Once the cap is off, you can remove the outer-body with the cogs (along with a billion small bearings). Then remove the inner body with channel-lock pliers or pipe-wrench in countre-clockwise direction (or clamp it in a vise and spin the wheel). Then grease and adjust the axle and just slap on a newer Hyperglide freewheel. The 7-spd versions really work well, especially considering the $15 price:

http://ecx.images-amazon.com/images/I/41zdbd7SZhL._SS500_.jpg


The splined remover also makes slipping and damaging the freehweel much less likely.

Last edited by DannoXYZ; 10-26-10 at 04:10 AM.
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Old 10-26-10, 04:37 AM   #7
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Danno is correct. It's a freewheel as shown by the 2 removal slots. Using chain whips will remove the cogs, but the body will still be there ... not what you want.

The only question is if you really need to remove it. Some "wobble" is normal with freewheels ... no big deal. A bit of looseness is also no big deal. Do you have a real need to remove it ? If so, get the correct tool and use the correct method of using the QR skewer to keep the tool in place so it won't slip off like it did last time.

If you decide to leave it on, you can dripple a teaspoon of light oil (10w-30) into the bearings. Spin it slowly backwards and dribble the oil between the fixed body & the moving cogs.
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Last edited by Homebrew01; 10-26-10 at 04:41 AM.
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Old 10-26-10, 06:07 AM   #8
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The obove advice will relube a freewheel. If it is full of crud you need to flush it out with a solvent first. I use WD40.
It is easier to flush out when removed.
You dont need a chainwhip to remove a freewheel. The easiest method is to hold a appropriate freewheel removal tool upright in a bench vice and rotate the wheel.
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Old 10-26-10, 06:29 AM   #9
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the first one
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Old 10-26-10, 09:49 AM   #10
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the first one
Just out of curiosity, have you ever posted anything of any use? If so, I haven't seen it.
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Old 10-26-10, 11:16 AM   #11
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Funny how many thought it was a freehub. It's freewheel, and if you can't fix it in place you will have to go to drastic measures to get it off there. THe two-prong freewheel removal system is one of the worst things you will ever have to work on on any bicycle. I would rather disassemble and rebuild a hundred STI levers before I try to remove one two-prong freewhweel.

Although, it is usually possible to disassemble and rebuild freewheels (starting with the punch as shown in DannoXYZ's post), but you have to be prepared to chase hundreds of tiny ball-bearings around your workbench for an hour.
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Old 10-26-10, 05:31 PM   #12
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The wobble is normal and necessary. Go ride your damn bike.
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Old 10-26-10, 09:26 PM   #13
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The wobble is normal and necessary. Go ride your damn bike.
Oh yeah, check the freewheel by spinning it in the forward direction that the chain would. Once the pawls engage, is there any more motion? Of not, there's nothing to worry about. Maybe drip some heavy-oil through and that's it.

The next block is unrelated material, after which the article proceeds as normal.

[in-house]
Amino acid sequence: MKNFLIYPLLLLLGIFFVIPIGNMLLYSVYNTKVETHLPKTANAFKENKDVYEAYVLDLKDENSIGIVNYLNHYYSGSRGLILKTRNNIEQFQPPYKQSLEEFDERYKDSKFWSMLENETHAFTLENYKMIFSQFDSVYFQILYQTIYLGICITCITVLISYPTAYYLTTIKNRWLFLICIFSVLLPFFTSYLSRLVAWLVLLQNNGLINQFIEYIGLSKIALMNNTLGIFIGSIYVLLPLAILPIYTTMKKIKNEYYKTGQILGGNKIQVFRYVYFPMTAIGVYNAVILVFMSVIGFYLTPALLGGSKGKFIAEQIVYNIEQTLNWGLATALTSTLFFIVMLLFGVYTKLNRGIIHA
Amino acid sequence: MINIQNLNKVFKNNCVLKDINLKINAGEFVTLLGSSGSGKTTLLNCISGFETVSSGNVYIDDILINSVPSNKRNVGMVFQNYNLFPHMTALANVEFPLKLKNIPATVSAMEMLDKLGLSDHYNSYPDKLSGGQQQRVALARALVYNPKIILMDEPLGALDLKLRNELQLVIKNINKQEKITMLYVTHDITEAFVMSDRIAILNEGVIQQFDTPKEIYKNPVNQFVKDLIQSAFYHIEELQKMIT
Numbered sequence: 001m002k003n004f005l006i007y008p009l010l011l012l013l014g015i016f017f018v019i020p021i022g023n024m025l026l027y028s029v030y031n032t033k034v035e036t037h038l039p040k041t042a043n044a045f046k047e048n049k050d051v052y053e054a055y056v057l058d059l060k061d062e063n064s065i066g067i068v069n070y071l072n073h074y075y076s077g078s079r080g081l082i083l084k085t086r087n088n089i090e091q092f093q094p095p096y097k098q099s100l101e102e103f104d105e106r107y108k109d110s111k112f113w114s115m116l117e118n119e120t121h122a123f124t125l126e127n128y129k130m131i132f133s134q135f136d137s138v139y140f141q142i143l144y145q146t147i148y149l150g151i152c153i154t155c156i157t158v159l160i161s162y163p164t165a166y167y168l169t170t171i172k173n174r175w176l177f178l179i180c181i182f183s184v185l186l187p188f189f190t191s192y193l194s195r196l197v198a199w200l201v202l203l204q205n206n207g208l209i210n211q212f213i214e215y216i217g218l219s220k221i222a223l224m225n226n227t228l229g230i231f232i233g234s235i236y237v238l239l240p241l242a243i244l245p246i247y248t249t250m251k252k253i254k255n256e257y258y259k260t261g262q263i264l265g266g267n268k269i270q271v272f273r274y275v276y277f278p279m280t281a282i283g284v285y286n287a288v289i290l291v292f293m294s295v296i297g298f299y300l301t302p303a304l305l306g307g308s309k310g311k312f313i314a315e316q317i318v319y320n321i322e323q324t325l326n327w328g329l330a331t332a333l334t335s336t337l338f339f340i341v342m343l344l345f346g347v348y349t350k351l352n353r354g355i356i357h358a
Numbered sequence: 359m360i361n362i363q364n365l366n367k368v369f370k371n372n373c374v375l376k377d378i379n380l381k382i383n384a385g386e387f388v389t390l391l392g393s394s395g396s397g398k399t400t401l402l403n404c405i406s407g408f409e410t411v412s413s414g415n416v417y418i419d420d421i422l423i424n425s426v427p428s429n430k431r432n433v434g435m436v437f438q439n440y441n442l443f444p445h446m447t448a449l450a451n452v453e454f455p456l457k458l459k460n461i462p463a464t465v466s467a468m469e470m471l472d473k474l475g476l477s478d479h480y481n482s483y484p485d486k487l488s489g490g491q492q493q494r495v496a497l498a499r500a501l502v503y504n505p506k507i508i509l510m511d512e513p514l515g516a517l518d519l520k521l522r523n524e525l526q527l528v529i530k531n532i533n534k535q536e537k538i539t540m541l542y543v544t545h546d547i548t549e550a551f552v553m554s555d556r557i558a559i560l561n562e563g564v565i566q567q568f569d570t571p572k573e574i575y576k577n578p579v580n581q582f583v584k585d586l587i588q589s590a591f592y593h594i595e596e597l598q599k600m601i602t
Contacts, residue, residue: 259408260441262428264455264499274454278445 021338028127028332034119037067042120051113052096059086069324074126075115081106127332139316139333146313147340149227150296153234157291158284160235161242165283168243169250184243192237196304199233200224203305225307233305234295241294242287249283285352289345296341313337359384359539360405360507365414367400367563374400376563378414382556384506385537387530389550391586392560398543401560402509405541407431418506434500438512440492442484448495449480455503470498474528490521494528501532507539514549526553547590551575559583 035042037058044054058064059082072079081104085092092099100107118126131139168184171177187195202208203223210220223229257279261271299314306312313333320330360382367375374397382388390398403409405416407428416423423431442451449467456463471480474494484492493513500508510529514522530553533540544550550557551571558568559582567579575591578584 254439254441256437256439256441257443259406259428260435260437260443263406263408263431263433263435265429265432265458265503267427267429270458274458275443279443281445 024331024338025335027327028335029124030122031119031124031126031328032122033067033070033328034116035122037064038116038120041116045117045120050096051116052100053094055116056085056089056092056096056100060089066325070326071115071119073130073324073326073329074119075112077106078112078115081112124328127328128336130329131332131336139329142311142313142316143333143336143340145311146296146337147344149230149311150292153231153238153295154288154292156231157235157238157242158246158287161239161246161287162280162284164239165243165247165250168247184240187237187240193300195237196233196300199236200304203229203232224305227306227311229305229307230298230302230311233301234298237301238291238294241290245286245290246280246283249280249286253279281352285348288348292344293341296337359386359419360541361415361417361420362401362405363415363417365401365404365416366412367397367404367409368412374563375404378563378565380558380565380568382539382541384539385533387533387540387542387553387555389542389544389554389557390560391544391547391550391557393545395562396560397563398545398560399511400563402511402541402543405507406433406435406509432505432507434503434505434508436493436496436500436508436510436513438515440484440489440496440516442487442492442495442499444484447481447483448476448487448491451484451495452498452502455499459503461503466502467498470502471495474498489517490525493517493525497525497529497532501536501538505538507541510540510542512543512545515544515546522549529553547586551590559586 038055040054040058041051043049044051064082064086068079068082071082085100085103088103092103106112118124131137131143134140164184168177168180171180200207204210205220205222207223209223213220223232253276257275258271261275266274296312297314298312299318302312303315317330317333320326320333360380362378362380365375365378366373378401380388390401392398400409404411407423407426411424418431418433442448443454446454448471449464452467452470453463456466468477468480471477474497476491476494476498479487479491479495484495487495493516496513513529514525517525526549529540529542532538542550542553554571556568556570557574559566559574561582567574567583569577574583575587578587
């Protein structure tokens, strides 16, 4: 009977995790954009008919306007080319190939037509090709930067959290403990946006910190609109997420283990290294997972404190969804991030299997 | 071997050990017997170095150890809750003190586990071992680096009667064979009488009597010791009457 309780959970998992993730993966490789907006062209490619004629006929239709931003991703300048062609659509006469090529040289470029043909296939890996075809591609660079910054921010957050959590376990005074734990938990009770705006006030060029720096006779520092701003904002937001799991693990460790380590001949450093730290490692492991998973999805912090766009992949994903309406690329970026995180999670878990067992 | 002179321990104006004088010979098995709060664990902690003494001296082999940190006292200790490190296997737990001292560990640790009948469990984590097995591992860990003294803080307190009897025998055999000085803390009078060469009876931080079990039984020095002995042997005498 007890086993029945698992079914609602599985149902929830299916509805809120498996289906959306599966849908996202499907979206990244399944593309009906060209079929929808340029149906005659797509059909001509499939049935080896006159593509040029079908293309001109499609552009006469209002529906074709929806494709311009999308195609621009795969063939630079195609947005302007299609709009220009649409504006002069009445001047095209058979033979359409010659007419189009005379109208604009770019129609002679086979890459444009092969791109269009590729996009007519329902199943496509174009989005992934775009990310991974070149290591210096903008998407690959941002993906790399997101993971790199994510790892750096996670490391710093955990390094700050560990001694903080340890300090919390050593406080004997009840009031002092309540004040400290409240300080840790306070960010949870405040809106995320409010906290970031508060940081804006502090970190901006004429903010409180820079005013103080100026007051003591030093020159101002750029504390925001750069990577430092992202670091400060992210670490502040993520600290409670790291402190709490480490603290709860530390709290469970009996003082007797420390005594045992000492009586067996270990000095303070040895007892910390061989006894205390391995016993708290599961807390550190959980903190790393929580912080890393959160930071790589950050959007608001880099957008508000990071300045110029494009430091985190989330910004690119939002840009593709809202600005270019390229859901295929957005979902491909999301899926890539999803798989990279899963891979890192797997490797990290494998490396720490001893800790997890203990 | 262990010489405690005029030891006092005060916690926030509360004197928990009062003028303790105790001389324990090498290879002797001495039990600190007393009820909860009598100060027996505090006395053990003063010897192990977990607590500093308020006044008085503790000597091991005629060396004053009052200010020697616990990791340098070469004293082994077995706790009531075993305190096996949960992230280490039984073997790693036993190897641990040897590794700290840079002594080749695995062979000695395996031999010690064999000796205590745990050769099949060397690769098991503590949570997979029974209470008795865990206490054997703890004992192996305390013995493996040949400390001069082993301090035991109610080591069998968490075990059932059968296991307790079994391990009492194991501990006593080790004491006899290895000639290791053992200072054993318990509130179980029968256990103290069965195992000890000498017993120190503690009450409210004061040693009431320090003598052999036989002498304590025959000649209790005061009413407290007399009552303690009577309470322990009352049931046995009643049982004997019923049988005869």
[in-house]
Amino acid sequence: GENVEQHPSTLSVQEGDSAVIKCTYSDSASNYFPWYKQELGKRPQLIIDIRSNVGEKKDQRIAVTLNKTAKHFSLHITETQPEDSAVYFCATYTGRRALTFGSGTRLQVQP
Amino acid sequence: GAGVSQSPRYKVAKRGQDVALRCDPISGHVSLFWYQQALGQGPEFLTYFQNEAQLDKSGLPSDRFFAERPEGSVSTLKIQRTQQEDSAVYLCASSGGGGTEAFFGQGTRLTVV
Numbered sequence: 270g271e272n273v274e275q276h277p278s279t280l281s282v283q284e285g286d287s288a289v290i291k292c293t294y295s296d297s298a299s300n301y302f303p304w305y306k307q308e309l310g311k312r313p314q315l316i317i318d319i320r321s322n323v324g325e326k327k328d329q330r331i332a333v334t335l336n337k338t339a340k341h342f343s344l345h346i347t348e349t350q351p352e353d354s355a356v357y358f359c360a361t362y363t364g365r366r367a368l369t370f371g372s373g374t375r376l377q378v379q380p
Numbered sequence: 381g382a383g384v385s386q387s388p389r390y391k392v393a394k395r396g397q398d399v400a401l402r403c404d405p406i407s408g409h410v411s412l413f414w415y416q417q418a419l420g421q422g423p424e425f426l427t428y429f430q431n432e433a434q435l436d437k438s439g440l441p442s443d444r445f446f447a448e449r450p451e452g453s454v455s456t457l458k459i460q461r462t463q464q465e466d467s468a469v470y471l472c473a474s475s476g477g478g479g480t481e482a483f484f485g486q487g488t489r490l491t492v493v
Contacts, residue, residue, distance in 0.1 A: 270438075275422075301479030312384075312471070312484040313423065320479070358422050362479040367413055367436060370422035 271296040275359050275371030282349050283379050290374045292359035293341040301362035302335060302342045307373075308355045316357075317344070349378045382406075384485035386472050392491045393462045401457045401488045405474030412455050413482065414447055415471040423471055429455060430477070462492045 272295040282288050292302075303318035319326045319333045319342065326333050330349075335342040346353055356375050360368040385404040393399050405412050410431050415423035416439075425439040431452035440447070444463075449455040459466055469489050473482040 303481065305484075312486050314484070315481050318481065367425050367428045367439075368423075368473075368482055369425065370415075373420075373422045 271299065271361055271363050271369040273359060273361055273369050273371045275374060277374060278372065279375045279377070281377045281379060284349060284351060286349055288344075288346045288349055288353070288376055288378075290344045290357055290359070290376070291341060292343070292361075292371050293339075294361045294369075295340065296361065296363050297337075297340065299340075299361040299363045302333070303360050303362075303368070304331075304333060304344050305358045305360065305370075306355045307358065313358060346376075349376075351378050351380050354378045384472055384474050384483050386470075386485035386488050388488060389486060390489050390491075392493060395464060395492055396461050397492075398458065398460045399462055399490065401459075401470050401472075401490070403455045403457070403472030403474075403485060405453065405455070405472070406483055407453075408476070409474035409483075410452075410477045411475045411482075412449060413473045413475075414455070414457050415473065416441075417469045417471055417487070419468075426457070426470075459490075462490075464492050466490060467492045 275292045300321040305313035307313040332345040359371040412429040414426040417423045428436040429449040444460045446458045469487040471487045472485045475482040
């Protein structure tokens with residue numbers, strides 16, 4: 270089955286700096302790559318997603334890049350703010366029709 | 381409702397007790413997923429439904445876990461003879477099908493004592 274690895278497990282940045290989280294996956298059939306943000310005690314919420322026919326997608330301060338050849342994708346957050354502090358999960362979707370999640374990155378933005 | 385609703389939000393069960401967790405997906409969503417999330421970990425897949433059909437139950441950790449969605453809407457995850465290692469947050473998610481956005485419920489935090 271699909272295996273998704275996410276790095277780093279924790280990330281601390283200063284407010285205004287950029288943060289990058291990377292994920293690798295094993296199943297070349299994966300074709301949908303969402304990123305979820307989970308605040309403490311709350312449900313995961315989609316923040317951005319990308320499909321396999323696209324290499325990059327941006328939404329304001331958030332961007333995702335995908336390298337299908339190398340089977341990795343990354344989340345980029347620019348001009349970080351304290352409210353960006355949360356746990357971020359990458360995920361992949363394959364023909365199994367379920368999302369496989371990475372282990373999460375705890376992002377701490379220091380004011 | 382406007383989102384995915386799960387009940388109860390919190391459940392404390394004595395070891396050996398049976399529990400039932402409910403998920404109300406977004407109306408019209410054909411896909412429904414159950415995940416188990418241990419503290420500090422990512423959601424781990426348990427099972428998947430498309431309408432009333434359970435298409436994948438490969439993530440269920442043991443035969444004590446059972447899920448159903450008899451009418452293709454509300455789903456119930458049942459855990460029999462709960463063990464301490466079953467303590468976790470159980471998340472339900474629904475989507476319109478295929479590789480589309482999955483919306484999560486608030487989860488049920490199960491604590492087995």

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Old 10-27-10, 04:32 AM   #14
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Easiest way to tell a Shimano freehub is the bulge inside the right flange where the 10mm allen sleeve holds the cassette body onto the hub. Fatter MTB hubs can conceal it, but AFAIK they didn't really come along until freewheels were old hat anyway.
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Old 10-27-10, 07:25 PM   #15
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The wobble is normal and necessary. Go ride your damn bike.
I don't have another freewheel that wobbles around on its hub, to the point of shaking the chain up and down when engaged forward. But I defer to such words of wisdom.

Actually, I've got some wheels en route from a friend and I can toss this whole mess into the parts bin.
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Old 10-28-10, 01:40 AM   #16
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I don't have another freewheel that wobbles around on its hub, to the point of shaking the chain up and down when engaged forward. .
Ah, but that's another issue. First post said "wobbles when coasting", which although aestetically annoying as a rule isn't much to worry about.
If it's that bad, go for a replacement or have a go at servicing it. If the other option is "immediately into the parts bin" it's not like you have anything to lose any more.
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Old 11-02-10, 08:10 AM   #17
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Originally Posted by DannoXYZ View Post
You definitely have a Shimano MF-6161 6-speed UniGlide freewheel (the lettering on the cap says "Shimano 600 EH"). The tips of the teeth are twisted. You have the one on the left:





HyperGlide have straight teeth with cut-out ramps on the sides:


Looks like someone tried to remove the freewheel with a Suntour 2-prong tool instead of the Shimano 2-prong tool (they are different diameter). They also may not have put the QR back on to hold the tool in place. The slipping tool broke the freewheel body. Your best bet is to destructively remove the freewheel. Use a punch to drive off the end-cap of the freewheel in a clockwise direction:



Once the cap is off, you can remove the outer-body with the cogs (along with a billion small bearings). Then remove the inner body with channel-lock pliers or pipe-wrench in countre-clockwise direction (or clamp it in a vise and spin the wheel). Then grease and adjust the axle and just slap on a newer Hyperglide freewheel. The 7-spd versions really work well, especially considering the $15 price:

http://ecx.images-amazon.com/images/I/41zdbd7SZhL._SS500_.jpg


The splined remover also makes slipping and damaging the freehweel much less likely.
very useful post thanks